A 'ride' to safe disposal of e-waste
Customers could receive their complimentary pick up and drop off by using the "Uber recycle" option in their Uber account
Dubai - The service provided free Uber rides to collect unwanted e-goods and send them to the Al Quoz recycling depot
A campaign to promote, educate and highlight awareness on the importance of responsible recycling of ewaste in the UAE was recently carried out jointly by Dubai Science Park, Dubai Internet City, Uber UAE, and Averda.
The campaign works in line with the Year of Giving, and the UAE's incentive to have zero landfill waste by 2030, supported by the Ministry of Climate Change and Environment. The companies set up a service in seven selective areas in Dubai, to recycle old or unwanted electronics conveniently and appropriately for consumers.
The service provided free Uber rides to collect these unwanted egoods and send them to the Al Quoz depot through Averda, to be taken apart and rearranged into separate units of similarity. For instance metals, liquids and plastics all needed to be detached from each other before they could be recycled.
Customers could receive their complimentary pick up and drop off by using the "Uber recycle" option in their Uber account, or by downloading the app for the first time. The hours for this service ran from July 2 to 4 between 10am-2pm, specifically for residents and business partners in seven selective communities - Dubai Science Park, Dubai Internet City, Dubai Media City, Dubai Studio City, Dubai Knowledge Park, Dubai International Academic City and Dubai Outsource City areas.
The project aimed to make sustainable tasks like recycling as simple as possible for people. Christopher Free, general manager of Uber UAE, said: "The overriding goal was to reach as many people possible and collect as much e-waste that could be recycled."
Marwan Abdulaziz Janahi, executive director of Dubai Science Park, said: "We want people to be able to dispose of their retired gadgets in a simple way, whilst ensuring our environment is being protected.
According to Averda, recycling e-waste in particular can be difficult due to the presence of hazardous chemicals. The campaign hoped to make that easier for the consumer by raising awareness of the harmful issues and make people realise how much e-waste they actually have.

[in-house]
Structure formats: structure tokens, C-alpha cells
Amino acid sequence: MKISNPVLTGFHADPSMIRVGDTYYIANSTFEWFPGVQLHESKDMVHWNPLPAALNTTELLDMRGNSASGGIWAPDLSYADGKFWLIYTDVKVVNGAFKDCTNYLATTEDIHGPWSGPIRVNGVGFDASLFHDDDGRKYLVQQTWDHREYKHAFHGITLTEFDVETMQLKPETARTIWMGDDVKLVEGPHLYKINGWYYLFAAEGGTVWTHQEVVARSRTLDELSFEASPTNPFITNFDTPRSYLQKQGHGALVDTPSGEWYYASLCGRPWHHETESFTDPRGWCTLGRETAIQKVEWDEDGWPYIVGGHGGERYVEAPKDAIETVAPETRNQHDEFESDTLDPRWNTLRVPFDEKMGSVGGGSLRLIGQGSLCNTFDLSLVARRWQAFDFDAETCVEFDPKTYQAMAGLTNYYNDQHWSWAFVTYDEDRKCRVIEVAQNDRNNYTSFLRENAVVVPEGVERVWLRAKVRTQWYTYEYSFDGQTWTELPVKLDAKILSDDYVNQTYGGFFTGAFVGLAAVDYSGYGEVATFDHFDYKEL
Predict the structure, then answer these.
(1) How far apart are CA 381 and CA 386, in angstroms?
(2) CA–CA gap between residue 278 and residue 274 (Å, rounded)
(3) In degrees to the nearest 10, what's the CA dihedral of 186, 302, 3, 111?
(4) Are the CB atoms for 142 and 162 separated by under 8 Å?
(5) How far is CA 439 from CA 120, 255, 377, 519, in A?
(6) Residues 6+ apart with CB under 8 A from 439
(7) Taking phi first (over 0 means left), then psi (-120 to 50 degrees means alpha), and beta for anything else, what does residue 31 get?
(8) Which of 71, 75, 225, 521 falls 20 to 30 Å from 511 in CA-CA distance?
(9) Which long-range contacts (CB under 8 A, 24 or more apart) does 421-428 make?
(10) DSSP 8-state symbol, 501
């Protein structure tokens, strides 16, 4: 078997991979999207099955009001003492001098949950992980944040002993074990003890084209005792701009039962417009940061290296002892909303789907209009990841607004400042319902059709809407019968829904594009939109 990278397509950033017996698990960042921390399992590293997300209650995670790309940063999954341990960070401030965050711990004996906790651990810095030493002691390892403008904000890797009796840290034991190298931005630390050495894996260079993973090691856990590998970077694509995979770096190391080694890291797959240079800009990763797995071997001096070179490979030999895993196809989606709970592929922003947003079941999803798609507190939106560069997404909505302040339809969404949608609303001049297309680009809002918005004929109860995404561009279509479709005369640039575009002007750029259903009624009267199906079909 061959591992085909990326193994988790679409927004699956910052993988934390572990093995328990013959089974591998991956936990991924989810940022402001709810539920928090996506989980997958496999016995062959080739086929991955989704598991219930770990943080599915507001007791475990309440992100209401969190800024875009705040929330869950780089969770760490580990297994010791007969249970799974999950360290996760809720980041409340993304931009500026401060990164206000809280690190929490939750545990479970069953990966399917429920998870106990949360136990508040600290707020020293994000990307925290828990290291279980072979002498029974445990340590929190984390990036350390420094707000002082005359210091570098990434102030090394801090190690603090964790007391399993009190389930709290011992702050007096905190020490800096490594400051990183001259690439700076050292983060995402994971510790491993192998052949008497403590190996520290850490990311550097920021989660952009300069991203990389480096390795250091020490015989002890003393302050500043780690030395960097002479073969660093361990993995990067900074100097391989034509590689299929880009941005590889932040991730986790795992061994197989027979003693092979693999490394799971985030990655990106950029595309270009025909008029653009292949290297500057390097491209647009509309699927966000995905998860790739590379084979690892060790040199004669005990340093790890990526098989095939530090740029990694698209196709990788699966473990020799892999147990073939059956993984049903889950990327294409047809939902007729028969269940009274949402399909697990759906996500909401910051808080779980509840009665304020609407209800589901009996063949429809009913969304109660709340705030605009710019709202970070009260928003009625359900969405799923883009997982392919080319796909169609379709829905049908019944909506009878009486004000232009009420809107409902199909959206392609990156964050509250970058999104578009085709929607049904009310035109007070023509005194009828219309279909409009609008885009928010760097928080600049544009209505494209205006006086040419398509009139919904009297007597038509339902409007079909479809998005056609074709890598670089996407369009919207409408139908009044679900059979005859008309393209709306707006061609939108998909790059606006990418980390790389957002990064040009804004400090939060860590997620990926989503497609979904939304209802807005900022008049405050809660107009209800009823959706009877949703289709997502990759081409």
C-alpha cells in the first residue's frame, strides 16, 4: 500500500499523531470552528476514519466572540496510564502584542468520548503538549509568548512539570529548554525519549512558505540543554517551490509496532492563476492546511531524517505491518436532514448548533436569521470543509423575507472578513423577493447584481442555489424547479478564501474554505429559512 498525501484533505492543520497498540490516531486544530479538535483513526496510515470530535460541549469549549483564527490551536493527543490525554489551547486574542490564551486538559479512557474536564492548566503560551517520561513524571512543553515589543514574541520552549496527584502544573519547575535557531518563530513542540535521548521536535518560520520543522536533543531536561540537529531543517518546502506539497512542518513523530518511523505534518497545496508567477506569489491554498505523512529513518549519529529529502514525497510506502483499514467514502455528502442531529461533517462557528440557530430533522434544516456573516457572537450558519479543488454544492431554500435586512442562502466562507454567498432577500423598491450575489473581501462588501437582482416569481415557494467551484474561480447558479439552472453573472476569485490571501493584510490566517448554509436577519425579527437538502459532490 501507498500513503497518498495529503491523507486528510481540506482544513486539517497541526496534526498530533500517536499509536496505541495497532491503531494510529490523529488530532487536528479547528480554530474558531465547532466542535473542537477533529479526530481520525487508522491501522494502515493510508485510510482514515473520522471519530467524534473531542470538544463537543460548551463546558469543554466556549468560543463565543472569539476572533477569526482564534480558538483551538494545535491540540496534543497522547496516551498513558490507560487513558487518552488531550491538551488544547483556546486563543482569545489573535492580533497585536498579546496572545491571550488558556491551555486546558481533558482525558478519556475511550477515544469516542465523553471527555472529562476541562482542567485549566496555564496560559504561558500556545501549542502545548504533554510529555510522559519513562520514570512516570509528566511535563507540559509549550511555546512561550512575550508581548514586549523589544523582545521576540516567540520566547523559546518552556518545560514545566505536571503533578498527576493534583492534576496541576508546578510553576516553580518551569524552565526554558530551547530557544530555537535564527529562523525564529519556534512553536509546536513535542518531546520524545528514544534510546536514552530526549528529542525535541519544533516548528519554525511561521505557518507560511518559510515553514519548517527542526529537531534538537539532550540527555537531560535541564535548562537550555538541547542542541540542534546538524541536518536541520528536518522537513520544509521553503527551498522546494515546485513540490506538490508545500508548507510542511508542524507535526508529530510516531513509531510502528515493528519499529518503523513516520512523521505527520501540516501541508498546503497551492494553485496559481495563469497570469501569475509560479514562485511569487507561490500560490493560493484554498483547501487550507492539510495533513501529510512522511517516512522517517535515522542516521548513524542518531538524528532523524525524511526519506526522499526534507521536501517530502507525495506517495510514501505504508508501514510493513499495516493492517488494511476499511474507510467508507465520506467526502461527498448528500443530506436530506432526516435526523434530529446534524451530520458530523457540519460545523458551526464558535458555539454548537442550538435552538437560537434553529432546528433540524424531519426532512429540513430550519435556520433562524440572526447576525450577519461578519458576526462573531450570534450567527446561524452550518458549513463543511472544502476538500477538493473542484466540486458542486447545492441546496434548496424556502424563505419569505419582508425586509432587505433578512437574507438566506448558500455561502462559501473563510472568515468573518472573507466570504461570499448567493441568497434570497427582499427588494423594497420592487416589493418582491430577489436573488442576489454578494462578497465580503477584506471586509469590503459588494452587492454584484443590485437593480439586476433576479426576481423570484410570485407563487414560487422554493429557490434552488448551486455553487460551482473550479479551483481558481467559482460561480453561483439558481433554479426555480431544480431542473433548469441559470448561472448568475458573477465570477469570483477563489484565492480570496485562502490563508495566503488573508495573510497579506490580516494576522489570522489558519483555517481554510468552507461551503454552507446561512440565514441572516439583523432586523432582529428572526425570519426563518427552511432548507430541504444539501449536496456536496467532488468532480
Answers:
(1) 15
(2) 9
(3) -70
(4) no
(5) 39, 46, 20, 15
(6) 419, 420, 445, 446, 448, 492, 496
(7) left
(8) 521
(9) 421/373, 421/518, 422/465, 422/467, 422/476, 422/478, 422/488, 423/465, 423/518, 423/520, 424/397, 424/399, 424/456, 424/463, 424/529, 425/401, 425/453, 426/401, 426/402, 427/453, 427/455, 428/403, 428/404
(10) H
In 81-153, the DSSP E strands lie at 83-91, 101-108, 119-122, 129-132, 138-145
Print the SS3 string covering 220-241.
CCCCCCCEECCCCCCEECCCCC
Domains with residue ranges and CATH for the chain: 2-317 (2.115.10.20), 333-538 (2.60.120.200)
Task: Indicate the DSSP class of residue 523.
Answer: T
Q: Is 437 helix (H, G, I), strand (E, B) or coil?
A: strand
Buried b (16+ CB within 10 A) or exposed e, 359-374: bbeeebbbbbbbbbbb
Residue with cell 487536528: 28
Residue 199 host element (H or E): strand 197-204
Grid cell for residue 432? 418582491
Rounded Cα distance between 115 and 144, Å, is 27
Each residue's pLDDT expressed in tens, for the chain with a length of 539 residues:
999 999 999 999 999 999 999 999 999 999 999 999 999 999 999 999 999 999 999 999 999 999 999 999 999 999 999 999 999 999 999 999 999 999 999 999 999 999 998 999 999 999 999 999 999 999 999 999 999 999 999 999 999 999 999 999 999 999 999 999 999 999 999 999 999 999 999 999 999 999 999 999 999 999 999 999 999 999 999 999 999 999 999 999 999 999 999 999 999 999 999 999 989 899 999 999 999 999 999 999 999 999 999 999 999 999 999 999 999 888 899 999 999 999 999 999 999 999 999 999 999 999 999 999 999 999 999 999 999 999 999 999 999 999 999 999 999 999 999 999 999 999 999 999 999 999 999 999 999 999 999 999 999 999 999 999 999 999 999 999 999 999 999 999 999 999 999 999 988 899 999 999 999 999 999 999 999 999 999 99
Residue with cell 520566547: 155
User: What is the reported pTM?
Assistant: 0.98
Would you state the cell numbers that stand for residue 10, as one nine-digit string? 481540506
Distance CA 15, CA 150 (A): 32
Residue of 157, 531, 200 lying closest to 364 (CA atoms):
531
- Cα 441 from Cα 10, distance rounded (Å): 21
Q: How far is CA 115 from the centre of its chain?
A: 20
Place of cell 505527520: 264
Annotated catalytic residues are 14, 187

Andrea Skeritt, company representative of Averda, emphasised: "All electronics are harmful to the environment if not disposed of properly. However, electronics with any liquid toxic components such as mercury, cadmium, and lithium - such as batteries - can be especially harmful. The latest products, mainly computer screens, tend to not have these elements, but older units do, which is why it's important to dispose of them properly and showcase this to consumers through this campaign."
After questioning the team as to why this was not a "free for all" set up, the answer was that "we are at the education and awareness phase now - our focus is to make consumers aware about proper e-waste disposal. If we can really educate everyone in using the service, we would be able to do it more often and on a larger scale. These seven communities were chosen specifically as they all focused on technology and media and so we felt their e-waste output would be higher than other areas."
There was also curiosity about why the campaign was just on b2b and not b2c.
Marwan Abdulaziz Janahi, executive director at Dubai Science Park, said: "It would be wrong to say that we are only focused on businesses. Yet, you will find businesses producing higher amounts of e-waste compared to individual households.
"But, most of our business communities have a residential element and we have actively encouraged participants across the entire community spectrum to get involved. We are gradually starting to build awareness and education regarding recycling and e-waste recycling in particular, in the UAE."
This isn't Uber's first such campaign. In 2015, they started out in Lebanon, with four vans helping clear rubbish from peoples homes in Beirut. They then rolled out the first e-waste campaign last year with Averda, collecting over 60kgs of unwanted electronic items.
On July 3, approximately 21 drives were made Uber cars full to the brim with e-waste. "We would love to beat last years total!" Free emphasised.
Muhammad Hussain Rehmat Ali, an Uber driver, on being asked if he was chosen for the incentive, replied: "I put myself up for it; I like to do charity work, and it's a great campaign."